Common Name: Acer leipoense (No known common name)
Scientific Name: Acer leipoense
Categories: Cultural importance, Cultivation trials;
One of several Chinese maples, Acer leipoense was until recently thought to be teetering on the brink of extinction, with no plants found at all at the original site of its population. However, in 2008, the work of the Global Tree Campaign, in collaboration with Beijjing Institute of Botany, revealed two previously unknown populations in Sichuan. Urgent action is now under way to conserve the species, by collecting seed and establishing ex situ conservation collections in botanic gardens.
Why is this species important?
Since this species was originally discovered in 1968, very little research has been conducted about its ethnobotanical importance. Therefore, additional research is needed to discover the role of this tree within its surrounding ecosystem and also its potential role in the human world. Future research may reveal that this species is of importance for medicine or other beneficial use. If it is lost then it would represent the continuing trend of species extinction, leading to further reduction in biodiversity at both a local and global scale.
Where is it found?
This species was originally thought only to found in the Dafengding Nature Reserve in Meigu County, Liangshan Yi in China, but has not been recorded there recently. However, surveys undertaken in 2008 have revealed two new populations: one of approx 500 individuals in south-west Sichuan and another in Heizhugou National Forest Park in Ebian Valley, growing in mixed montane forest at an altitude of 2,000-2,700m. Associated species include Davidia involucrata (Dove Tree) and Cercidiphyllum japonicum (Katsura Tree).
How do people use it?
The wood is thought to be used traditionally for making musical instruments. However, this needs confirmation with the local communities to be certain.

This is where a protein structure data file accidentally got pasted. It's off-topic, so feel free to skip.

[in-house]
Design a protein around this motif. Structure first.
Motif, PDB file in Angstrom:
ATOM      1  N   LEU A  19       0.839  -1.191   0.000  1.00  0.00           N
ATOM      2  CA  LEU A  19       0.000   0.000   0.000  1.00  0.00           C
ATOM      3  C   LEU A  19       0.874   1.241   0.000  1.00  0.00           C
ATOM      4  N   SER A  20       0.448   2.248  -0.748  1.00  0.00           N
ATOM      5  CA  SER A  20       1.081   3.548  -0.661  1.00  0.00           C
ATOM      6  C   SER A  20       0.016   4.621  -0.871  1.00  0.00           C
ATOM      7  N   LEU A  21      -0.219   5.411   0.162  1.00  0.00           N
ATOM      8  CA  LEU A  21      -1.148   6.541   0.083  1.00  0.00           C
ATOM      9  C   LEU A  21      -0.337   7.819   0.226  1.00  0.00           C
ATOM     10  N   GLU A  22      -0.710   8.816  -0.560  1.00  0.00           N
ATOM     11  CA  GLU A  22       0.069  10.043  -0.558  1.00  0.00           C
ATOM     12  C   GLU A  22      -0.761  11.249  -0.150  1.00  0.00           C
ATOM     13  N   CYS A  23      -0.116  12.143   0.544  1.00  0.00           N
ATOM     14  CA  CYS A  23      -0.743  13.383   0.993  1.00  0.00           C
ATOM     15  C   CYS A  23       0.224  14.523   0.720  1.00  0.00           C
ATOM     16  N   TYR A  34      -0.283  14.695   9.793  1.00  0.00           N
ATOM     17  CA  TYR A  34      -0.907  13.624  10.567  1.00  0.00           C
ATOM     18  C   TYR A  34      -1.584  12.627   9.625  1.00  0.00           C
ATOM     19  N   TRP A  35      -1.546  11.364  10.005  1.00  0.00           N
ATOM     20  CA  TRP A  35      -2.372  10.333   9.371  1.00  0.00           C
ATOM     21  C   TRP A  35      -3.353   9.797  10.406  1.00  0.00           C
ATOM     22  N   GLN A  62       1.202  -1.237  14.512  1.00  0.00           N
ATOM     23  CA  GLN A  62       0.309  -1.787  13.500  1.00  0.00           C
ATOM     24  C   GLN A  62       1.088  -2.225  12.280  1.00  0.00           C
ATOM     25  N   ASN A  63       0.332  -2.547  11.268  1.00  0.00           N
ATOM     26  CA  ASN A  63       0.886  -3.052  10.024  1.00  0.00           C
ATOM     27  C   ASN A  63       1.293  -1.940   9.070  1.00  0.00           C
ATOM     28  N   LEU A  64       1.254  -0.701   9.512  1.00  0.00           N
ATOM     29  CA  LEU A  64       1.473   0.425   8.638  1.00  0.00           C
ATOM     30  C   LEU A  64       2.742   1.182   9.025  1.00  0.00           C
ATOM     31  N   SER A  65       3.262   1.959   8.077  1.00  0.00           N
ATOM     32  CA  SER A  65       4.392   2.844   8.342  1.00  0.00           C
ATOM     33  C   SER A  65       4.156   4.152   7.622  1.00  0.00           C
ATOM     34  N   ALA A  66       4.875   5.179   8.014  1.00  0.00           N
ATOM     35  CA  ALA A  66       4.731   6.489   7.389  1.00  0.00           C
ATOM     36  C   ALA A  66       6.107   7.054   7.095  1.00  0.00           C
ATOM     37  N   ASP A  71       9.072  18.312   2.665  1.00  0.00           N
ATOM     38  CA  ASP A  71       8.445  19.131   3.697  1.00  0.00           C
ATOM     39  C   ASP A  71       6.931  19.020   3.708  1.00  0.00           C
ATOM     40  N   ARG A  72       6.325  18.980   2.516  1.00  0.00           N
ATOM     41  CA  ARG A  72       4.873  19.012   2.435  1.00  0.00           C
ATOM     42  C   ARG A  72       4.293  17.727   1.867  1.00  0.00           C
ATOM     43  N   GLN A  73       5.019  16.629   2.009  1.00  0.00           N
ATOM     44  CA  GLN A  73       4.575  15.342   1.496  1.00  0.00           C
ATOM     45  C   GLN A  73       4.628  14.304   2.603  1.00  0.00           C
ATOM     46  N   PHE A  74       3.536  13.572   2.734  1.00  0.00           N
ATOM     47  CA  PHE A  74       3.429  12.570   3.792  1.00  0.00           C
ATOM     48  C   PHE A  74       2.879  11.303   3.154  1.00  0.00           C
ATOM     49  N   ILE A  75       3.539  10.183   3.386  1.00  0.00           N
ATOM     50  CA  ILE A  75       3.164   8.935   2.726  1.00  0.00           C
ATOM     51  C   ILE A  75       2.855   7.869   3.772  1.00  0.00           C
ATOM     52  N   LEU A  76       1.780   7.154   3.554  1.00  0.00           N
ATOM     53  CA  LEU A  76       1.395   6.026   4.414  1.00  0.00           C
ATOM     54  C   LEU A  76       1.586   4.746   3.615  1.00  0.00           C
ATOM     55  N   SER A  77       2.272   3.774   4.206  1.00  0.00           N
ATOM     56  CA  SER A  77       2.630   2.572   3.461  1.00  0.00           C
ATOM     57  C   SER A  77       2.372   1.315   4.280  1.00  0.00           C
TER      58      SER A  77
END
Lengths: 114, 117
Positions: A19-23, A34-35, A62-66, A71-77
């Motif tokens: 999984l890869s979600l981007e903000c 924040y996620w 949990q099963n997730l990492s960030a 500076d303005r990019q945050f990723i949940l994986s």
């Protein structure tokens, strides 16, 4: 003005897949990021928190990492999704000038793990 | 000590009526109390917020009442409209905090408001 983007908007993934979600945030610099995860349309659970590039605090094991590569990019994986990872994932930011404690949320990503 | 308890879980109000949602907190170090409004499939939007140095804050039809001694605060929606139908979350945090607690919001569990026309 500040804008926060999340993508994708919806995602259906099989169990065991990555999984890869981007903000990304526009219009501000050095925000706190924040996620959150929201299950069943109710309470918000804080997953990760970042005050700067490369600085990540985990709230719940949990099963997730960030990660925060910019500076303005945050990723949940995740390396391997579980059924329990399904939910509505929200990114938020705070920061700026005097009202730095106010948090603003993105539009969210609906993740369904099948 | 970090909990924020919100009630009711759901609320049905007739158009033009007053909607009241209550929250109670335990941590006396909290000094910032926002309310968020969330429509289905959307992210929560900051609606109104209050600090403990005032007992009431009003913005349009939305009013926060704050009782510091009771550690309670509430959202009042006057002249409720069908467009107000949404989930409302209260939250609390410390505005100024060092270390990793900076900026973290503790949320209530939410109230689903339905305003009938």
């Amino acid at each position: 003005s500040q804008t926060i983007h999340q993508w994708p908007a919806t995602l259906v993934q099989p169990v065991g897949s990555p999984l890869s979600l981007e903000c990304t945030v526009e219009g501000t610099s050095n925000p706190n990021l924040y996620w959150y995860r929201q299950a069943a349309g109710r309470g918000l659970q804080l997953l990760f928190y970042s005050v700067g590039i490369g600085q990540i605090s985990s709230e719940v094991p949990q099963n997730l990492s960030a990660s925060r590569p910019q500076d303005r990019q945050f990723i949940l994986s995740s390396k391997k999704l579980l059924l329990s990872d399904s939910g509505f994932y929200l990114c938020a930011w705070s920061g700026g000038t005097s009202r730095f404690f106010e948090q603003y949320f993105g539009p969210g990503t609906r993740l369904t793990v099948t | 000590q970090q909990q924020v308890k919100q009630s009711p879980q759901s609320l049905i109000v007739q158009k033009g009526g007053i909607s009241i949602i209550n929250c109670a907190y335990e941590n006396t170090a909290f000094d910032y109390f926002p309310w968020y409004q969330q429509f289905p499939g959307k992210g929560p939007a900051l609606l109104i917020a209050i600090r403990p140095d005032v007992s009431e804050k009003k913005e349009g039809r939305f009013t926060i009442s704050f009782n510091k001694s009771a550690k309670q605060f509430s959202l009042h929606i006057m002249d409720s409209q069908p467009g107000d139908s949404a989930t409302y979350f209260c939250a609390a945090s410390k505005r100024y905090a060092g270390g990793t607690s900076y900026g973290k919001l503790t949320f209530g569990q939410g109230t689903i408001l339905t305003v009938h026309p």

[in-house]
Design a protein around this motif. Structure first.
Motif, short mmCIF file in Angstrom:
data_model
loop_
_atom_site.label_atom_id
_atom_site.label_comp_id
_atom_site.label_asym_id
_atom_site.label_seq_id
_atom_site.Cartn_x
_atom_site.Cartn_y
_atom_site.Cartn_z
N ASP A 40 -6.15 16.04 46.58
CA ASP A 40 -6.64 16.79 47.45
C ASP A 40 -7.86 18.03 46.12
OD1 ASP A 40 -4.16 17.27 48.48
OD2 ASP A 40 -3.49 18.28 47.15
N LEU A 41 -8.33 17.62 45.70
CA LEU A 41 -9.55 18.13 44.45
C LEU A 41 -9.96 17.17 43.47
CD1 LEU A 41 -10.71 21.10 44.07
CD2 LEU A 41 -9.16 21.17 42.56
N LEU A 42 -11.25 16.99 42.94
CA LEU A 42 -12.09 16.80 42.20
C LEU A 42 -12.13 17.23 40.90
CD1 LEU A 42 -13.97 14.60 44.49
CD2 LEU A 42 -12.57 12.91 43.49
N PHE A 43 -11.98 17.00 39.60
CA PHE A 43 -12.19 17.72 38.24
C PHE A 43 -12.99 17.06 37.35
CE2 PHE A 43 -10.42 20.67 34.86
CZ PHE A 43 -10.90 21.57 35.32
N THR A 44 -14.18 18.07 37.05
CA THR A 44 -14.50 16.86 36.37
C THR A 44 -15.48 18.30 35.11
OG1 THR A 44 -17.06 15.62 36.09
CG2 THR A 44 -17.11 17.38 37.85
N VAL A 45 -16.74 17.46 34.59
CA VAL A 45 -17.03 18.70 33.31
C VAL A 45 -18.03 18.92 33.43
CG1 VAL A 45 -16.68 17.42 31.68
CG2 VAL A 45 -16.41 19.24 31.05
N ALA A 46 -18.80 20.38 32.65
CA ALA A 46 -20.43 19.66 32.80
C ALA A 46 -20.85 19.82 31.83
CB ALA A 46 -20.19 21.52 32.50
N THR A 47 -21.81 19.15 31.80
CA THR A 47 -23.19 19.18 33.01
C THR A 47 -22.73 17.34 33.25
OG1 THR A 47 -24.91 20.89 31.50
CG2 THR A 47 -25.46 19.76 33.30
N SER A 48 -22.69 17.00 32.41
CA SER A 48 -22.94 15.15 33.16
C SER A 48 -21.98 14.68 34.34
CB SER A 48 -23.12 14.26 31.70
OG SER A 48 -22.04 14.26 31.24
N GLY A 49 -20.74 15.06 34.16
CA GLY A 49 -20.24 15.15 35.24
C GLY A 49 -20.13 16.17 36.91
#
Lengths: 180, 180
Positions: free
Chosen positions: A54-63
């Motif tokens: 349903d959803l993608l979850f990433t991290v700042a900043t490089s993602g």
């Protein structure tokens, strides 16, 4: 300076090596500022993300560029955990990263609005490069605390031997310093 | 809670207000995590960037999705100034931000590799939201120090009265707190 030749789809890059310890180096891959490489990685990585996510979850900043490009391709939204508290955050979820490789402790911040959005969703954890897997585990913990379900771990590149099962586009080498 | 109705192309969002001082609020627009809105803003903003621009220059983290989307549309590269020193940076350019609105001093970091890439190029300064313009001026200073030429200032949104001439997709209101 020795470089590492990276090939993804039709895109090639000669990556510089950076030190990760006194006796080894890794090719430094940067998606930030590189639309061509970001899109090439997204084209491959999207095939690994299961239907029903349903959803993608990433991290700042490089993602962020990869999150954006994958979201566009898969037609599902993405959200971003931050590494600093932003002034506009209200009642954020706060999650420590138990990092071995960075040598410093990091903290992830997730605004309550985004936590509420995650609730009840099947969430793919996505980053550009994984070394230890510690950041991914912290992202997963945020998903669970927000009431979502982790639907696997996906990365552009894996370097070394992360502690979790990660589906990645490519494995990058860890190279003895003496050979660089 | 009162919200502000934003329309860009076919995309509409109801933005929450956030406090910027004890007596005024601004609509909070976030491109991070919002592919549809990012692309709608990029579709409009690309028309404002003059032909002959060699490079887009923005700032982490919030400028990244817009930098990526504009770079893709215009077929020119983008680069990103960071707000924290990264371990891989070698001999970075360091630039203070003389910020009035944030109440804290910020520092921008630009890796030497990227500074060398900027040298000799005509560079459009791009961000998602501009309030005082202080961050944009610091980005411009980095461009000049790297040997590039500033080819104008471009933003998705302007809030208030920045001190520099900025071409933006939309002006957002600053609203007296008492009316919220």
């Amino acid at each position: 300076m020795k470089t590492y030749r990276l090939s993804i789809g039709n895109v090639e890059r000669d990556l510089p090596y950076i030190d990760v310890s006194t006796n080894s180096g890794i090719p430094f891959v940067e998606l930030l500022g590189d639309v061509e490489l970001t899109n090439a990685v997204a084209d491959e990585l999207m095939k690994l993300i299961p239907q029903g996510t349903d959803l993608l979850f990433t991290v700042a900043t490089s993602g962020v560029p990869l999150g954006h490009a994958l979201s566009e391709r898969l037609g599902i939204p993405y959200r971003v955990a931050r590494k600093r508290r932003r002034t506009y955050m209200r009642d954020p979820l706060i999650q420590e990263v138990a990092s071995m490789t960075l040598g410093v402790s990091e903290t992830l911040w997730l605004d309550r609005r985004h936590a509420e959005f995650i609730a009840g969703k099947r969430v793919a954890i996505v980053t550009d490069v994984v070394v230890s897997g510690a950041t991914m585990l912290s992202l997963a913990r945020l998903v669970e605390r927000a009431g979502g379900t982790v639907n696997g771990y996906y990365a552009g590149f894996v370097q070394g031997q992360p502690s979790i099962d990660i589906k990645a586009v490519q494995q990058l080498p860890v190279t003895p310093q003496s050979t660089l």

Why is it threatened?
This species is threatened owing to the limited number of individuals that remain in the wild. The small numbers remaining increase the vulnerability of these wild populations. The relative lack of genetic diversity among small numbers of individuals increases the species susceptibility to disease. The spread of the species over relatively few sites also increases vulnerability to habitat destruction or unregulated harvesting of timber, especially where the tree grows outside protected areas.
What conservation action is needed?
In the future, Dafengding Nature Reserve may be joined with neighbouring protected areas with the Panda as a flagship species. It was feared that this species was nearing extinction until recently. However, surveys by the Institute of Botany at CAS, Beijing revealed a new population of approximately 500 individuals in Sichuan, from which seeds have been collected. There are currently no known records of this species in ex-situ collections, so establishing cultivated populations is a priority.
Many thanks to BGCI for writing this profile.
Red List of Maples (Global Trees Campaign, 2009)
Back to Tree Profiles